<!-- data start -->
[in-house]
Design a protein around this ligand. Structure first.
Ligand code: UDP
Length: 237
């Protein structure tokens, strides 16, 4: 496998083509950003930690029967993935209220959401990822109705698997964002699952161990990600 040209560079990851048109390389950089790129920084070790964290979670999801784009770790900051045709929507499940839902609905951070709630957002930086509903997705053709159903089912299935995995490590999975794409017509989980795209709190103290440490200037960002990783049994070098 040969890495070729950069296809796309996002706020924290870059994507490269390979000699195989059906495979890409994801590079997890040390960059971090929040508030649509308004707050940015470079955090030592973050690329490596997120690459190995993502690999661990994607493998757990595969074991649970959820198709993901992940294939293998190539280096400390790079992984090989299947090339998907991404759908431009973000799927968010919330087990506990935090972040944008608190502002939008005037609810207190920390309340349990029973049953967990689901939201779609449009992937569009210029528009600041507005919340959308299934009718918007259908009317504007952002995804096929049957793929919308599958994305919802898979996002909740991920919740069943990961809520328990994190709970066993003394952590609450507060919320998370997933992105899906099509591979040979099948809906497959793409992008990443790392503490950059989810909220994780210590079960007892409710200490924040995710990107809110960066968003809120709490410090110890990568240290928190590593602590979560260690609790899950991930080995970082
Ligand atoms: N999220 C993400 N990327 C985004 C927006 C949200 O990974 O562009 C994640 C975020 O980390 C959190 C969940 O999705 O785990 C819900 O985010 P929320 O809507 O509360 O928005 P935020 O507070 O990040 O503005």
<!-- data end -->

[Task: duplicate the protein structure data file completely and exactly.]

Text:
[in-house]
Design a protein around this ligand. Structure first.
Ligand code: UDP
Length: 237
């Protein structure tokens, strides 16, 4: 496998083509950003930690029967993935209220959401990822109705698997964002699952161990990600 040209560079990851048109390389950089790129920084070790964290979670999801784009770790900051045709929507499940839902609905951070709630957002930086509903997705053709159903089912299935995995490590999975794409017509989980795209709190103290440490200037960002990783049994070098 040969890495070729950069296809796309996002706020924290870059994507490269390979000699195989059906495979890409994801590079997890040390960059971090929040508030649509308004707050940015470079955090030592973050690329490596997120690459190995993502690999661990994607493998757990595969074991649970959820198709993901992940294939293998190539280096400390790079992984090989299947090339998907991404759908431009973000799927968010919330087990506990935090972040944008608190502002939008005037609810207190920390309340349990029973049953967990689901939201779609449009992937569009210029528009600041507005919340959308299934009718918007259908009317504007952002995804096929049957793929919308599958994305919802898979996002909740991920919740069943990961809520328990994190709970066993003394952590609450507060919320998370997933992105899906099509591979040979099948809906497959793409992008990443790392503490950059989810909220994780210590079960007892409710200490924040995710990107809110960066968003809120709490410090110890990568240290928190590593602590979560260690609790899950991930080995970082
Ligand atoms: N999220 C993400 N990327 C985004 C927006 C949200 O990974 O562009 C994640 C975020 O980390 C959190 C969940 O999705 O785990 C819900 O985010 P929320 O809507 O509360 O928005 P935020 O507070 O990040 O503005």